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Facts, Myths, Policies


This week, we continue our series on the facts, myths, policies and theories
surrounding the manufacturing concept. Feel free to send your comments or
questions to me at We will try to publish
and treat as many of these as possible in subsequent editions.

Continued from last week
The need for governments to
champion infrastructure
development is understandable
and may in fact be admirable. The
desire to elevate the standards of
their respective peoples, alleviate
the hardship of an otherwise
unproductive economy seems to
be the front burner in pursuing this
However, the overwhelming
evidence suggests such approach
will yield little fruit. Further, such
governments may very well harm
their respective peoples more than
they realize. Take for instance the
total life cycle cost for the
development of any form of
infrastructure which includes not
only construction costs but also
maintenance costs. It can be
readily ascertained that these
figures can be quite staggering as
infrastructure projects (the kind
undertaken by state and federal
governments) run into billions.
Apart from the initial project cost,
which more often would be
financed by some form of debt
instrument (and would be borne by
the public purse for years to come),
maintenance would need to be
performed regularly to keep the
facilities in top condition.
From our experience here in
Nigeria, this can be quite a burden,
one which most governments seem
to do well to avoid. In the end, the
huge investment is wasted
because resources to sustainably
maintain and expand the
infrastructure facilities are lacking.
A booming economy will yield
substantial resources to any
government not only to sustainably
pursue and maintain high worth
infrastructure project but also to
elucidate the participation of the
private sector in doing so. The
existence of a vibrant
manufacturing sector is the only
Kola Osafehinti
Managing Partner, Lyme Associates Nigeria

way to through which such a boom
can be attained and thus is the
only way to attain high levels of
infrastructural development.
Given this overwhelming cost
factors, one may wonder why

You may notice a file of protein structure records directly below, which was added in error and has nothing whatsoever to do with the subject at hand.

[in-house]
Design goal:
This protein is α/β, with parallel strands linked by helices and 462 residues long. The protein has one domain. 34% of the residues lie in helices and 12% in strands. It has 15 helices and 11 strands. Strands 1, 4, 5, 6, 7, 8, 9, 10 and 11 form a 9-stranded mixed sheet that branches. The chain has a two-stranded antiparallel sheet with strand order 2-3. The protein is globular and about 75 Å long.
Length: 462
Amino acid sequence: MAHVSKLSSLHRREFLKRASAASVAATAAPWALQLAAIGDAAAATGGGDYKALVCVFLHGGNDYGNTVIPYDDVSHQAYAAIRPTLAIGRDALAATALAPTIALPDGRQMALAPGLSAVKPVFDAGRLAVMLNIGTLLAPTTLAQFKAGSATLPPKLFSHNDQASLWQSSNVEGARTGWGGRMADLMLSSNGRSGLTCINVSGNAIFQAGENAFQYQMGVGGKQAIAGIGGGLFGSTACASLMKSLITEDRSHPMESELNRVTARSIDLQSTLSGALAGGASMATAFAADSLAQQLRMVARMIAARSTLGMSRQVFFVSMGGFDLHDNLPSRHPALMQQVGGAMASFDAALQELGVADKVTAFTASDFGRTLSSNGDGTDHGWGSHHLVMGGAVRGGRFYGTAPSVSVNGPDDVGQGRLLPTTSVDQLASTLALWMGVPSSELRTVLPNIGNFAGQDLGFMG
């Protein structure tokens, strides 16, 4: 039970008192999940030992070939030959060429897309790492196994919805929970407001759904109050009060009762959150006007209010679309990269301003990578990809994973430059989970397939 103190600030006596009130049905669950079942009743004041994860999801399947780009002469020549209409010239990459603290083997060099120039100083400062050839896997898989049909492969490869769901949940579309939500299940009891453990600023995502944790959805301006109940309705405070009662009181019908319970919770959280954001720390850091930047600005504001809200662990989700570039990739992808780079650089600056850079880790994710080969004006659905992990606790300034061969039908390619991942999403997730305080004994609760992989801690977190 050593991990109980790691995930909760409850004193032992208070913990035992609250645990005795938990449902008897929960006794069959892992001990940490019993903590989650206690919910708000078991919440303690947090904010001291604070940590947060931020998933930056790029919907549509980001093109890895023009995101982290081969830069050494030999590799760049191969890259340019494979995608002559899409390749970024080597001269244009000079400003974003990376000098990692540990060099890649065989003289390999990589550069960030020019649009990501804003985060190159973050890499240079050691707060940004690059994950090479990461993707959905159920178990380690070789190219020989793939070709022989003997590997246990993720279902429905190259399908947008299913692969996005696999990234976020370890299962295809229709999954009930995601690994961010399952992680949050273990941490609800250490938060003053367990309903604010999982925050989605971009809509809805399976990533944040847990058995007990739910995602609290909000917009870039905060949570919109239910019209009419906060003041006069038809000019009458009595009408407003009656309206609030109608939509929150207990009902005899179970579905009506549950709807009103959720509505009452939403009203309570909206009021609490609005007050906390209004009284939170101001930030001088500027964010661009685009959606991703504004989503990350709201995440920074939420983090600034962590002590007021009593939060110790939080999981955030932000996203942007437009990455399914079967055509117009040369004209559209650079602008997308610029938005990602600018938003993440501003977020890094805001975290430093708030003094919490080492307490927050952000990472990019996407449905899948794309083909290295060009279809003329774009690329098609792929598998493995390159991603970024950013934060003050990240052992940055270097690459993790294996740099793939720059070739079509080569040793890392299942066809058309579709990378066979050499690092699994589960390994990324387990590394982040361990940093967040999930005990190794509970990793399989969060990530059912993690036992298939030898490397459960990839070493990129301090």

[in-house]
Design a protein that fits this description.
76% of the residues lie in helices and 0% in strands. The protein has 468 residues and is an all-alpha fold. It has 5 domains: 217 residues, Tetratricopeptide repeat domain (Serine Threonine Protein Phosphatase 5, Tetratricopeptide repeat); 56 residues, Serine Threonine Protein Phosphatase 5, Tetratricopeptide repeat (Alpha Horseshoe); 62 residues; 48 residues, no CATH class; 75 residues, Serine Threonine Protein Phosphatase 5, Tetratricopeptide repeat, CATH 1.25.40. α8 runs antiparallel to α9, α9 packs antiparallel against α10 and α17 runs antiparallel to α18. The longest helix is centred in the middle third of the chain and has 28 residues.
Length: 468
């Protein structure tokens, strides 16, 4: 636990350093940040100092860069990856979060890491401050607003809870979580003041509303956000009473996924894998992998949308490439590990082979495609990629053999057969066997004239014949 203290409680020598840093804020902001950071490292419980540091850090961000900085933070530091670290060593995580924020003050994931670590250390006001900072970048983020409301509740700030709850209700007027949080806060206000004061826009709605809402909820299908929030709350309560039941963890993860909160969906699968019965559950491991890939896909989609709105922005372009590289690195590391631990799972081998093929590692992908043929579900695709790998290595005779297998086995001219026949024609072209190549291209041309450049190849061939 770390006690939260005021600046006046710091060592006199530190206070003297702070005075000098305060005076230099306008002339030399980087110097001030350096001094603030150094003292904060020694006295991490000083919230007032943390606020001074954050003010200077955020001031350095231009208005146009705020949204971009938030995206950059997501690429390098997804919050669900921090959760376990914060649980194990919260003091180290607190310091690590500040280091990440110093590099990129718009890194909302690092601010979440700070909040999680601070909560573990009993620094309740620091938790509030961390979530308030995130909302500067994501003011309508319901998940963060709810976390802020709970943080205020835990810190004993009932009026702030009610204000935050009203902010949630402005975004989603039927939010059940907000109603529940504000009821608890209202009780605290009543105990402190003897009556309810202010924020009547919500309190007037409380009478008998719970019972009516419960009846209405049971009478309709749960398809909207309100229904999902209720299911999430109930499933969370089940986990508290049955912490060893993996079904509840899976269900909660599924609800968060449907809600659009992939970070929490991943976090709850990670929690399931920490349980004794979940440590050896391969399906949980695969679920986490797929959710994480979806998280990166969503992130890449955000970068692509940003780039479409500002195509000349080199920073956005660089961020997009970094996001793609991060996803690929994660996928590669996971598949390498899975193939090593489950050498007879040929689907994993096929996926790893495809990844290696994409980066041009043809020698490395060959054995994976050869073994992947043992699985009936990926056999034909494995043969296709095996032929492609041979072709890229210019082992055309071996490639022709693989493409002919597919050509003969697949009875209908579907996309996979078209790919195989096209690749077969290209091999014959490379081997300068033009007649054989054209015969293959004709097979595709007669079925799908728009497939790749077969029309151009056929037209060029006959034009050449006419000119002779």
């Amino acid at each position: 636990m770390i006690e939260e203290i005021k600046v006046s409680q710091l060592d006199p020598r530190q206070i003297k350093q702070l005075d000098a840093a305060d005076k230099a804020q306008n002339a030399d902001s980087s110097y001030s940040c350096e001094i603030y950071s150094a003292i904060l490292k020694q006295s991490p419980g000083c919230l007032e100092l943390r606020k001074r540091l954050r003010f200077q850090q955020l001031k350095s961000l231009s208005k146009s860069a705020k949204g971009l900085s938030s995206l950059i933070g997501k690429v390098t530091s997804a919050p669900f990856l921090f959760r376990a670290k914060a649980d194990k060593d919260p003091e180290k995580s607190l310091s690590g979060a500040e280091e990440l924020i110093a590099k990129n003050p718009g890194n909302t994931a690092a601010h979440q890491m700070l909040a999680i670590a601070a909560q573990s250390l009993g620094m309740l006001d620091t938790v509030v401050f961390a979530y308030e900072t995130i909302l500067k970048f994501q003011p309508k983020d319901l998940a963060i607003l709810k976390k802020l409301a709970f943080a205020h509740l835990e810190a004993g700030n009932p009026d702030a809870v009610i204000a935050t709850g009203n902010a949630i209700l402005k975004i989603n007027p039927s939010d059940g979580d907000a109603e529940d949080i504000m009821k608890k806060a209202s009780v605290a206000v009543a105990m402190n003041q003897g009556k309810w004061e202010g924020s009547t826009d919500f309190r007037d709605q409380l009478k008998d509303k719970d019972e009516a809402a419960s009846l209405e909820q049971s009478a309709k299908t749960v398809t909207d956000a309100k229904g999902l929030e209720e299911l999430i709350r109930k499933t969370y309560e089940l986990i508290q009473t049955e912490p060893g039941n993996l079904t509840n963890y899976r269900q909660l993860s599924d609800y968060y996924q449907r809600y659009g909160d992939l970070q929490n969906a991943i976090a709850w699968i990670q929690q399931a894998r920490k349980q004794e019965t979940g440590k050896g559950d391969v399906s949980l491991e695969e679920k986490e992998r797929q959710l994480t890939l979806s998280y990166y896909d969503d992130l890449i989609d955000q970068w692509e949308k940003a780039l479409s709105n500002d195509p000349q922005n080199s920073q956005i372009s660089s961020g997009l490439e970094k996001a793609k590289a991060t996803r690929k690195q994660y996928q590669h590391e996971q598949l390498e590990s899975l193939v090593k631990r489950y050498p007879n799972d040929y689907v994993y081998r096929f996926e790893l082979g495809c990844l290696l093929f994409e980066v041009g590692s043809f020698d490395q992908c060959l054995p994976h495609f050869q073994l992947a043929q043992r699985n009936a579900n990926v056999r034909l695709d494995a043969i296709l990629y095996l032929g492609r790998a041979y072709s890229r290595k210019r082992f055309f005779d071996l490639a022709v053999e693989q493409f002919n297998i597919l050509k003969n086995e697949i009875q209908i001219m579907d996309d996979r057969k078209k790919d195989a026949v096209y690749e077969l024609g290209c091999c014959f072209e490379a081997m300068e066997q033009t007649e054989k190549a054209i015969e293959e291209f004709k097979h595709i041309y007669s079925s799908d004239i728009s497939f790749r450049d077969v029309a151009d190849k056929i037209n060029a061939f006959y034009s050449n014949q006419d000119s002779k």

governments still venture into this
form of infrastructure development.
The answer lies in the use of the
cost-benefit analysis.
The cost-benefit analysis is used to
assess the value of projects of this
nature. It is set up by estimating the
various economic and (mostly)
social benefits that will be derived
during the lifespan of the project.
A good project is one whereby the
benefit far outweighs the costs and
the rule is that such projects would
receive priority in government
budgetary expenditure.
However, there are problems with
this approach. Firstly, the benefits
so calculated are based upon
perception of potential benefits
which may or may not be realized.
The throngs of many infrastructure
projects, the world over, which
have been under-utilized,
abandoned or demolished (to
pave way for ironically more such
projects) is testimony to this.
Secondly, the estimated costs can
dramatically be escalated due to
unforeseen economic factors (a
higher inflation rate than
anticipated for instance), financial
constraints, and so on. The end
result therefore is lower levels of
derivable economic benefits with
higher levels of project costs which
lead to projects being more costly
than beneficial.
Thirdly, the computation of these
ratios is somewhat difficult, as the
premise upon which they are built
can be a bit shaky. Further,
instances of overstating these
benefit ratios are not unknown.
Comparative analysis of investment
in manufacturing against
infrastructure readily reveals that
the manufacturing approach is by
far the best means of achieving
sustainable economic growth.
The returns of investment in
manufacturing (in terms of job
created, level of trade created,
increases in government income